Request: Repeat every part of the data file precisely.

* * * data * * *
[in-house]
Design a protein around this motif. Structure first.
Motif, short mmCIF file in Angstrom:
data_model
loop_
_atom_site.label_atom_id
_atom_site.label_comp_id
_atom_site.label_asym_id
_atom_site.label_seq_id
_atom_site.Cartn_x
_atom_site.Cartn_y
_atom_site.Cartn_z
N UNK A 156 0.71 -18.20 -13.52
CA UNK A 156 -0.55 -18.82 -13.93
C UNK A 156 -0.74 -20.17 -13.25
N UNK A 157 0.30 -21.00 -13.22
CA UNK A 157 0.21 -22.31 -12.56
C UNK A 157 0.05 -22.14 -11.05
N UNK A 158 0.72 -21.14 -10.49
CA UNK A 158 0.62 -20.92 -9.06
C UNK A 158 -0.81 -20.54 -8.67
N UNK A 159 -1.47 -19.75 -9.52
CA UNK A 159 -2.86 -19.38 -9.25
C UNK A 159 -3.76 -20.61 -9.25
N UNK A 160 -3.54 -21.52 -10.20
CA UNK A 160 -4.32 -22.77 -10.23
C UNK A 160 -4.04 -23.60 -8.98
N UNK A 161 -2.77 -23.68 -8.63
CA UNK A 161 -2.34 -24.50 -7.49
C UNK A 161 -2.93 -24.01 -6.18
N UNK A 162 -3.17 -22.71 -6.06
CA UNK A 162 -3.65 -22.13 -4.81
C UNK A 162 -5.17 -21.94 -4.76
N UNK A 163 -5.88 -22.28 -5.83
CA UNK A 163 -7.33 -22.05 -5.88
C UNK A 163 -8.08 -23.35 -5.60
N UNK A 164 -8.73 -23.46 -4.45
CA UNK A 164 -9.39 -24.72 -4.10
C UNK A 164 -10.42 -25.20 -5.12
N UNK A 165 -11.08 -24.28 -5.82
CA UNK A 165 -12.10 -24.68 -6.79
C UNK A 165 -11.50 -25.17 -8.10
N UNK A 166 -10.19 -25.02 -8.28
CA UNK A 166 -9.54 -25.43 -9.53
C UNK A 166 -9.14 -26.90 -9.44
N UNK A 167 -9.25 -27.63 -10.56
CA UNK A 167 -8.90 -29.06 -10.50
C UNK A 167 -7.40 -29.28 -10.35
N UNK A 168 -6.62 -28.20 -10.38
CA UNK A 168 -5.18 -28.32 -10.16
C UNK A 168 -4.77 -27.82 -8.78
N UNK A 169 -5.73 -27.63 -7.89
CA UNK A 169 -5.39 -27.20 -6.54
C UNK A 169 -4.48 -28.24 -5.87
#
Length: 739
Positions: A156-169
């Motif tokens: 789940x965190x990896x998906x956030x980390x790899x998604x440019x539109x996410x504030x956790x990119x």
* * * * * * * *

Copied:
[in-house]
Design a protein around this motif. Structure first.
Motif, short mmCIF file in Angstrom:
data_model
loop_
_atom_site.label_atom_id
_atom_site.label_comp_id
_atom_site.label_asym_id
_atom_site.label_seq_id
_atom_site.Cartn_x
_atom_site.Cartn_y
_atom_site.Cartn_z
N UNK A 156 0.71 -18.20 -13.52
CA UNK A 156 -0.55 -18.82 -13.93
C UNK A 156 -0.74 -20.17 -13.25
N UNK A 157 0.30 -21.00 -13.22
CA UNK A 157 0.21 -22.31 -12.56
C UNK A 157 0.05 -22.14 -11.05
N UNK A 158 0.72 -21.14 -10.49
CA UNK A 158 0.62 -20.92 -9.06
C UNK A 158 -0.81 -20.54 -8.67
N UNK A 159 -1.47 -19.75 -9.52
CA UNK A 159 -2.86 -19.38 -9.25
C UNK A 159 -3.76 -20.61 -9.25
N UNK A 160 -3.54 -21.52 -10.20
CA UNK A 160 -4.32 -22.77 -10.23
C UNK A 160 -4.04 -23.60 -8.98
N UNK A 161 -2.77 -23.68 -8.63
CA UNK A 161 -2.34 -24.50 -7.49
C UNK A 161 -2.93 -24.01 -6.18
N UNK A 162 -3.17 -22.71 -6.06
CA UNK A 162 -3.65 -22.13 -4.81
C UNK A 162 -5.17 -21.94 -4.76
N UNK A 163 -5.88 -22.28 -5.83
CA UNK A 163 -7.33 -22.05 -5.88
C UNK A 163 -8.08 -23.35 -5.60
N UNK A 164 -8.73 -23.46 -4.45
CA UNK A 164 -9.39 -24.72 -4.10
C UNK A 164 -10.42 -25.20 -5.12
N UNK A 165 -11.08 -24.28 -5.82
CA UNK A 165 -12.10 -24.68 -6.79
C UNK A 165 -11.50 -25.17 -8.10
N UNK A 166 -10.19 -25.02 -8.28
CA UNK A 166 -9.54 -25.43 -9.53
C UNK A 166 -9.14 -26.90 -9.44
N UNK A 167 -9.25 -27.63 -10.56
CA UNK A 167 -8.90 -29.06 -10.50
C UNK A 167 -7.40 -29.28 -10.35
N UNK A 168 -6.62 -28.20 -10.38
CA UNK A 168 -5.18 -28.32 -10.16
C UNK A 168 -4.77 -27.82 -8.78
N UNK A 169 -5.73 -27.63 -7.89
CA UNK A 169 -5.39 -27.20 -6.54
C UNK A 169 -4.48 -28.24 -5.87
#
Length: 739
Positions: A156-169
């Motif tokens: 789940x965190x990896x998906x956030x980390x790899x998604x440019x539109x996410x504030x956790x990119x």